Our research reveals a clear pattern: around 80 percent of police homicides during the civil rights era involved African American victims; at least two-thirds, and probably more, were of unarmed people who posed no direct threat to police or anyone else. The largest category of fatalities is of unarmed Black males shot in the back while allegedly fleeing the scene of low-level property crimes. A fifth of police homicides were of teenagers and preteens; almost all were African American, and more than 90 percent were unarmed.
These trends escalated dramatically after the 1967 Detroit Uprising, when the DPD made its use-of-firearms policy more permissive in order to insulate police officers from legal culpability by locating the justification to use deadly force in officers’ own “sound discretion.” The DPD hierarchy encouraged and even rewarded officers for killing unarmed “suspects” during the notorious STRESS (Stop the Robberies, Enjoy Safe Streets) era of the early 1970s, when the police department was the most deadly per capita in the nation, prompting mass protests by Black community groups that demanded civilian control.
The DPD Homicide Bureau and the Wayne County Prosecutor’s Office exonerated police officers in almost every fatal shooting regardless of the circumstances. The closed nature of law enforcement archives poses a difficult challenge in assessing these decisions, but our research team still uncovered a wealth of countervailing evidence from the independent investigations of civil rights groups and agencies (and occasionally of newspapers), civil litigation filed by families of the victims, correspondences and affidavits from witnesses to police violence, and internal law enforcement records provided to Detroit mayors after community protests. Through FOIA requests, our project also obtained the investigative files of three of the most controversial exonerations during this era: the fatal shootings of Cynthia Scott in 1963 and of teenagers Ricardo Buck and Craig Mitchell in 1971.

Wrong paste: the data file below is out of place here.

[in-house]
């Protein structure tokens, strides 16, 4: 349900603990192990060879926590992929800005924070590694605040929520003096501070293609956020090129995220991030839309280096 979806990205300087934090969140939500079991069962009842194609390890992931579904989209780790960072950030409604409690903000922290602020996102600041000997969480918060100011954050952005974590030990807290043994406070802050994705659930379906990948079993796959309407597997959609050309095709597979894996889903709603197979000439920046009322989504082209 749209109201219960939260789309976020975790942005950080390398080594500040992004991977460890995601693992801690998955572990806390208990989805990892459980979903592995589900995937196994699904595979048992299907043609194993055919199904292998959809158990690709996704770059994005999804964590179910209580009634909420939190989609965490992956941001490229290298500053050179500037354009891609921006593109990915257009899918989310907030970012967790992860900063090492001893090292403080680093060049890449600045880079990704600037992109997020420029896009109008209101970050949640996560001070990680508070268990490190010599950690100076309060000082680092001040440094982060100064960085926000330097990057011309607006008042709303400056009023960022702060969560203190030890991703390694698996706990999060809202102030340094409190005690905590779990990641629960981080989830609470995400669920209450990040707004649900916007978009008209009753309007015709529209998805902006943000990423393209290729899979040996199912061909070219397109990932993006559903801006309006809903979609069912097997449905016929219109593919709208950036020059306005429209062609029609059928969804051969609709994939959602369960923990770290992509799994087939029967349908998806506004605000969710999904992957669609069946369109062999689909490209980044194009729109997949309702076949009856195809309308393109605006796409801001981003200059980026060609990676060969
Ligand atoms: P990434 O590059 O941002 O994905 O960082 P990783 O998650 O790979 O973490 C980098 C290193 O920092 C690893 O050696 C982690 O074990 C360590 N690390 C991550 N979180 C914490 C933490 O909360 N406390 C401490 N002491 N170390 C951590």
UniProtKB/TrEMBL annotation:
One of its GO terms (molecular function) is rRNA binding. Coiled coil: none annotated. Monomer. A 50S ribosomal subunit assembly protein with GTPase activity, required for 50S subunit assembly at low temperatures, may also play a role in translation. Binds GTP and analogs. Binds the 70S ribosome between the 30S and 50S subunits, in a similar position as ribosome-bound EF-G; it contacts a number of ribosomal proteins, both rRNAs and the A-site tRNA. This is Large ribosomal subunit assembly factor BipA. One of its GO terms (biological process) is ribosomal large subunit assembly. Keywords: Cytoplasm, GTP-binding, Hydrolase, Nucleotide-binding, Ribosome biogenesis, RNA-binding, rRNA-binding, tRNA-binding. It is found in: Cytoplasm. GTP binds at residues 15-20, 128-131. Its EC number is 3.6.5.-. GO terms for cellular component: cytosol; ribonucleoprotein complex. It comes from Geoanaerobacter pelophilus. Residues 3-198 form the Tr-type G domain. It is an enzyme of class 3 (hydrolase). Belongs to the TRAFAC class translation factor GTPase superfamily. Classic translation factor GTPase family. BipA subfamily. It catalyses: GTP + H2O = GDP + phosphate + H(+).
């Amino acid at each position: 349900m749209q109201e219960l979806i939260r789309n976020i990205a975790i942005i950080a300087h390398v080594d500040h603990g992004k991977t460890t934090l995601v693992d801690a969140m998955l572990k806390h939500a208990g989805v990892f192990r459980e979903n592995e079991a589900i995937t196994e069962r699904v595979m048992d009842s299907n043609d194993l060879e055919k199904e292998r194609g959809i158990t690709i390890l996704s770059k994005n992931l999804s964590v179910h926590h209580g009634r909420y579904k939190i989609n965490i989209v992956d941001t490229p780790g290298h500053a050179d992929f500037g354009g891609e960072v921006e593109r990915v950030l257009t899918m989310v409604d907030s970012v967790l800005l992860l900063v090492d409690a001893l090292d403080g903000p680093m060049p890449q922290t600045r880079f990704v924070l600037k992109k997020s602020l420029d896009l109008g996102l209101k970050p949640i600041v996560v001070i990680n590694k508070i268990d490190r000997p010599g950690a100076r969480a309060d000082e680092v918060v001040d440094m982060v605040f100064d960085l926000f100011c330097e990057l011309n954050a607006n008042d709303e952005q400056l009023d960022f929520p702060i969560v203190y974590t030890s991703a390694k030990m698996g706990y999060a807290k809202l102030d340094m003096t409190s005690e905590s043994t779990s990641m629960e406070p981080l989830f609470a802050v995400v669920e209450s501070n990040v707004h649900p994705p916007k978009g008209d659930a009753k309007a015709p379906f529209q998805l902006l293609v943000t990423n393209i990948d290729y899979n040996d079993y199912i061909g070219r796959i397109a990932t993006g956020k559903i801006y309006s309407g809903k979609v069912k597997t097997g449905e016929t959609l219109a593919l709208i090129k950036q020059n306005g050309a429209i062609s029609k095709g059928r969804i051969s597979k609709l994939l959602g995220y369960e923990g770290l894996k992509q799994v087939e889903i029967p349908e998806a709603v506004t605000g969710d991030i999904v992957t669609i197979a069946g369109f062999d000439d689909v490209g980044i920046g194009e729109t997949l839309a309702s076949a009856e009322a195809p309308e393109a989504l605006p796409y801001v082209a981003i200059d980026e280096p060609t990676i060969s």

Based on these archival discoveries, our project concludes that a substantial majority of the 188 identified law enforcement homicides represented excessive and unnecessary force (a civil litigation standard), even if technically “justifiable” under the discretionary guidelines, and that at least 25 percent involved police department and/or prosecutorial coverups and likely met the legal standard for murder or manslaughter charges. Such unaccountable and systemic police violence in Detroit and other northern cities during the civil rights era was—as in the Jim Crow South—part of a political and legal system of racial criminalization and segregationist state violence, not crime control itself.
The silences in the archive are systemic and deliberate, but the evidence that is available makes a powerful case that the general public and impacted communities should have the right to know about all brutality and misconduct complaints filed against police officers and law enforcement agencies, as well as the right to examine all internal investigative files by police departments and prosecutors. This is particularly true for police-involved homicides, where all of the evidence should be in the public domain, both historically and contemporaneously.